Dreamcards – from an ATC swap
Art can be very revealing, whether that’s our intention or not.
These are two ATCs that I created, and what I wrote about them in 2000:
Dream Card/Nightmare Card, 5 Sept 2000
These are two cards from an ATC exchange, with a theme of “Dreams and Nightmares.” The originals are 3″ x 5″.
My dream card features images of my children, DisneyWorld and my paints. There’s also a view of the houses directly across the street from the Royal Shakespeare Company’s main theatre in Stratford-upon-Avon, Warwickshire, England.
What I hope to show with this collage, is what is most important to me: Color, in all its definitions. My family, experiencing life and having fun as we travel and discover new things; the colors of our emotions, the scenery, and our memories of happy events.
My nightmare card features stark, perhaps menacing images without color or hope.
The images include (top to bottom)
- the same paints as on my Color card,
- the poorhouse in Kilmallock (Co. Limerick) where my gr-great grandmother died, and
- the view (looking up towards the sky) at a castle in Co. Galway
Over those images, I’ve added photos of:
- a truly spooky angel at the Irish cemetery in Cambridge, Massachusetts, and also
- a self-portrait of my husband.* (Really. He took this photo of himself and gave it to me. He said that he thought it was a good photo.)
These are not dark or hopeless images in themselves, but I added drama by increasing contrast, so they take on new aspects.
What surprised me the most is that the Color (dream) card is as many of my recent collages have been: A bit disjointed, compartmentalized, and a little empty.
By contrast, the No Color (nightmare) card flows, the images blend nicely, and I actually prefer this as art, compared with the Color (dream) card. Technically, the No Color one is a vastly better work of art.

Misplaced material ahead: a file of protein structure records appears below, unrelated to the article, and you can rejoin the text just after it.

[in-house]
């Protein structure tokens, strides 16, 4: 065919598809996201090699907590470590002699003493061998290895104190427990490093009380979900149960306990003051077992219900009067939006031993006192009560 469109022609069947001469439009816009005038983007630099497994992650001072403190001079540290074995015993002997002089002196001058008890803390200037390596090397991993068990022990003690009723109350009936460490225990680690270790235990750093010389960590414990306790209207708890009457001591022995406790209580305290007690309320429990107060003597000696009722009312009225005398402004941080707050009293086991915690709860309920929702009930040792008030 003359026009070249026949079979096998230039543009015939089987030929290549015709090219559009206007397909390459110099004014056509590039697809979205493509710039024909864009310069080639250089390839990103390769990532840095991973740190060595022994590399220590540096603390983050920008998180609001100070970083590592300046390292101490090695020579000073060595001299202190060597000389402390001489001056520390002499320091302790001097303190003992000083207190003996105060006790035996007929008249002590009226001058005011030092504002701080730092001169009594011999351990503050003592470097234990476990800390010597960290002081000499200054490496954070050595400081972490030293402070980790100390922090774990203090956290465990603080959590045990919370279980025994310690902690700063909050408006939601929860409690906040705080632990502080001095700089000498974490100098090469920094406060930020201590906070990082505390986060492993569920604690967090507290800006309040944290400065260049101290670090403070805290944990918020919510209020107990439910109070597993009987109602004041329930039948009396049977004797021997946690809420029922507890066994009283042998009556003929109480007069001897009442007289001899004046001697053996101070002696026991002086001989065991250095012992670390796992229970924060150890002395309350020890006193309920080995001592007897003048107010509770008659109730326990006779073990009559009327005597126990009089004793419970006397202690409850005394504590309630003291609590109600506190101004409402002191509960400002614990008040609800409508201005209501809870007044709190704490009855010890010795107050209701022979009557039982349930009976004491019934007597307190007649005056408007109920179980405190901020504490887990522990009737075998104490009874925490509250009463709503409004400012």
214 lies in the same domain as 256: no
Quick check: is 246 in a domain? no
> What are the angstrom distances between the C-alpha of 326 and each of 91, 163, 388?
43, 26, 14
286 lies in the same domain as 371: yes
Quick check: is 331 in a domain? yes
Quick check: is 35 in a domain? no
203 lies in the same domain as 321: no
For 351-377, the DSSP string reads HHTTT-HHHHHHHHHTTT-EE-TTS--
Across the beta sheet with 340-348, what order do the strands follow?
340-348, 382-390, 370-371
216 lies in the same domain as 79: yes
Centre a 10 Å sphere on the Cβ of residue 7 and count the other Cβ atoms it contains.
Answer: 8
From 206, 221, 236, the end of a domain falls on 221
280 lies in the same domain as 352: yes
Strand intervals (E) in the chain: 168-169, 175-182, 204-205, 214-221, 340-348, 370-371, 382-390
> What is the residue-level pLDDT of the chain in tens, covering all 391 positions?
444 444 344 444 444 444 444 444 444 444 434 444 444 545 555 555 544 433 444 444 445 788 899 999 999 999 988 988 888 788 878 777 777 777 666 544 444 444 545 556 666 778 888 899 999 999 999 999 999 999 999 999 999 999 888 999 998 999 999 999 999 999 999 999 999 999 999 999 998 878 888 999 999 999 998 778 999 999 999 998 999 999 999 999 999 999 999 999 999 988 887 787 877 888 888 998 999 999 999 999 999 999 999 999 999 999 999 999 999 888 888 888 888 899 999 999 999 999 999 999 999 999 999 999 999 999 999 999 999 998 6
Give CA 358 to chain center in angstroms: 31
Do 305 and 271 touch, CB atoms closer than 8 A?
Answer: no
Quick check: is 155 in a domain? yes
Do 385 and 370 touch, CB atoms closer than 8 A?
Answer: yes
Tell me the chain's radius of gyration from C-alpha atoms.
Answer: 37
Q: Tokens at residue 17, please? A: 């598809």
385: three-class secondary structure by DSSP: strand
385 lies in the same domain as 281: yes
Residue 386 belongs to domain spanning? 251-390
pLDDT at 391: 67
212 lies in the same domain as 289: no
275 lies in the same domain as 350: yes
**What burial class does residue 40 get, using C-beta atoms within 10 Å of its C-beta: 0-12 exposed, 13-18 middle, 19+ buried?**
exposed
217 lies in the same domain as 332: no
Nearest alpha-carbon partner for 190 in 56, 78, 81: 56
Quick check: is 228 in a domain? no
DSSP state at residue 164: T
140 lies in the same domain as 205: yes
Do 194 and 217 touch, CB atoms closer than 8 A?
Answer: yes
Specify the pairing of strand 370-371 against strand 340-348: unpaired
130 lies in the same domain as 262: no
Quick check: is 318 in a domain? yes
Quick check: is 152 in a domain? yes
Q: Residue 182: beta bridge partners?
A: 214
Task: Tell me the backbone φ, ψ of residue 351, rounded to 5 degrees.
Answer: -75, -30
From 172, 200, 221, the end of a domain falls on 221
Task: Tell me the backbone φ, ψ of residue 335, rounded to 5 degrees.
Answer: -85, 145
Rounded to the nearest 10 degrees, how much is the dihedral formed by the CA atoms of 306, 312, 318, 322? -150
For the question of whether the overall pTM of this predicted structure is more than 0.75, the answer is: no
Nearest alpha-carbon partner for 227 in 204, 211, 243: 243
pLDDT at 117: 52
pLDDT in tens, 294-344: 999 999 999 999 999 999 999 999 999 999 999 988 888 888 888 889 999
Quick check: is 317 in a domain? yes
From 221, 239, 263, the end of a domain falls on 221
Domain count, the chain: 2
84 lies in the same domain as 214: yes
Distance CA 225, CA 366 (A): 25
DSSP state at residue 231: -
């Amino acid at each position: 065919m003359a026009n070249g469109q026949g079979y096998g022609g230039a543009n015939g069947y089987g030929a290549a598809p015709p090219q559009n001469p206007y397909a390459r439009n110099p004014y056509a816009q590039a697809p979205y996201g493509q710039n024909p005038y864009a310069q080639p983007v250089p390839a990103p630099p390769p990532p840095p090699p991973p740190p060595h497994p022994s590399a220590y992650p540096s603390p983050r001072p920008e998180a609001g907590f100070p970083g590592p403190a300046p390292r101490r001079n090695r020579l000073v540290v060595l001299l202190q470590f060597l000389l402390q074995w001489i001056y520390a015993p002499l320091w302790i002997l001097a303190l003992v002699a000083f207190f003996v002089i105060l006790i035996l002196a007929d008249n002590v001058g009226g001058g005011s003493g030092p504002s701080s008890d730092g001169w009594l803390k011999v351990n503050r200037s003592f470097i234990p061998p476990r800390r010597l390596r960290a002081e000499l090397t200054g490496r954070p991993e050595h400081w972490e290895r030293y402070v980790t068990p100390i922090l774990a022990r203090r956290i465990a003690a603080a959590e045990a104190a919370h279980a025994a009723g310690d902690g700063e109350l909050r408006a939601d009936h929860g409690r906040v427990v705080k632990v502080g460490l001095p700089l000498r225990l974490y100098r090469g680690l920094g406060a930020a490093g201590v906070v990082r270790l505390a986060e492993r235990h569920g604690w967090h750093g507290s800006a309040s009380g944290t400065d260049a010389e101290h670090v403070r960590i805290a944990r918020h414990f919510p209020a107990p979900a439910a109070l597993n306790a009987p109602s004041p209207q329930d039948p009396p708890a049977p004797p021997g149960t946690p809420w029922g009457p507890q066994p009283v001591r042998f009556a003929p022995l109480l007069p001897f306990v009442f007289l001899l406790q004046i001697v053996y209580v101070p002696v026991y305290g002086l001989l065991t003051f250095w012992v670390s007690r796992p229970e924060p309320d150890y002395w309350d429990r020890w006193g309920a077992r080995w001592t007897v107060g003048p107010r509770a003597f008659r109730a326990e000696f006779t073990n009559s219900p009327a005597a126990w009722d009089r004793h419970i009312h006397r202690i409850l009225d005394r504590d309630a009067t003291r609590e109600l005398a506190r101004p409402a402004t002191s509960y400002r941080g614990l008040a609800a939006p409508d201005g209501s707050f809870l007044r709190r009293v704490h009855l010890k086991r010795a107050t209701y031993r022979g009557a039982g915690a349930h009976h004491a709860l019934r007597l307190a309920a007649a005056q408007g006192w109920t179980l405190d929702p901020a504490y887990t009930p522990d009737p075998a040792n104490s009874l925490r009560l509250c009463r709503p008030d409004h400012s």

I think this is rather revealing, and indicates some self-work ahead of me.
(No, I do not actually think there’s “no hope” in this–or any–area of my life. Remember, this art is created from my imagination, using images that I have at hand. Yes, it means something, but please don’t take it all literally, or too seriously!)
But, this is what art is about: self-discovery.
Even when I’m dismayed by what I see, it opens the door for me to make changes and improve myself and my life.
So now I’m wondering: Why are my nightmares so much more vivid and easy to access, than my dreams? Why do they flow when the dreams do not seem to reach my consciousness without effort? Why are my images so compartmentalized?
These are, in a way, rhetorical questions. My diary will probably show what I discover.
I can tell you that, when I saw what I’d said with this art, I started taking very positive steps to make immediate changes. I didn’t get into this situation overnight, and it probably won’t be an overnight change to get things back on track. But I’m working on it, and I see progress, and that’s the important part.
[Reminder: I wrote that in 2000. Since then, there’s been a divorce. Both of us have remarried. I’m living a very happy life again, and returning to the creativity that I enjoyed in the 1980s and earlier.]
* When I said “my husband” in this article about my two ATCs, it was before my 2003 divorce. I’ve kept the photo in this art because, unless you know him very well, you probably won’t recognize him.
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